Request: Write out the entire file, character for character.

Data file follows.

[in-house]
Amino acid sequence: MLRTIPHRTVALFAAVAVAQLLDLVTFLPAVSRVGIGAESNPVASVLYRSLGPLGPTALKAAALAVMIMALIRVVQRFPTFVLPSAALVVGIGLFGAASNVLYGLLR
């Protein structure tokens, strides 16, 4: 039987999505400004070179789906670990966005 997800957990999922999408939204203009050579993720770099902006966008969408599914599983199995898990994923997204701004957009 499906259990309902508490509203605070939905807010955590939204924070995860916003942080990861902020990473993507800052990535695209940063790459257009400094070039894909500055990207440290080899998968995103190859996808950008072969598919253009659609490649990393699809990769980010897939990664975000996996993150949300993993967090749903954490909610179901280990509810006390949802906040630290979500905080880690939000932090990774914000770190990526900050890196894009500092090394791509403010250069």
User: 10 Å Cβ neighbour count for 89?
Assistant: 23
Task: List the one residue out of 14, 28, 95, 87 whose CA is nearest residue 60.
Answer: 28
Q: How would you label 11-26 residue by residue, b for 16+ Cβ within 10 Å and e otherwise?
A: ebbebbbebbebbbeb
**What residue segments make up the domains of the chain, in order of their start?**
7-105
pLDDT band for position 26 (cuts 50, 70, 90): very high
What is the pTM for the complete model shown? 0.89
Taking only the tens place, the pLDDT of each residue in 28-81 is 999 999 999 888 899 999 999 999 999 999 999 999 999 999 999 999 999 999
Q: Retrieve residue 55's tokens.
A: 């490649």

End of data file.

[in-house]
Amino acid sequence: MLRTIPHRTVALFAAVAVAQLLDLVTFLPAVSRVGIGAESNPVASVLYRSLGPLGPTALKAAALAVMIMALIRVVQRFPTFVLPSAALVVGIGLFGAASNVLYGLLR
């Protein structure tokens, strides 16, 4: 039987999505400004070179789906670990966005 997800957990999922999408939204203009050579993720770099902006966008969408599914599983199995898990994923997204701004957009 499906259990309902508490509203605070939905807010955590939204924070995860916003942080990861902020990473993507800052990535695209940063790459257009400094070039894909500055990207440290080899998968995103190859996808950008072969598919253009659609490649990393699809990769980010897939990664975000996996993150949300993993967090749903954490909610179901280990509810006390949802906040630290979500905080880690939000932090990774914000770190990526900050890196894009500092090394791509403010250069």
User: 10 Å Cβ neighbour count for 89?
Assistant: 23
Task: List the one residue out of 14, 28, 95, 87 whose CA is nearest residue 60.
Answer: 28
Q: How would you label 11-26 residue by residue, b for 16+ Cβ within 10 Å and e otherwise?
A: ebbebbbebbebbbeb
**What residue segments make up the domains of the chain, in order of their start?**
7-105
pLDDT band for position 26 (cuts 50, 70, 90): very high
What is the pTM for the complete model shown? 0.89
Taking only the tens place, the pLDDT of each residue in 28-81 is 999 999 999 888 899 999 999 999 999 999 999 999 999 999 999 999 999 999
Q: Retrieve residue 55's tokens.
A: 């490649």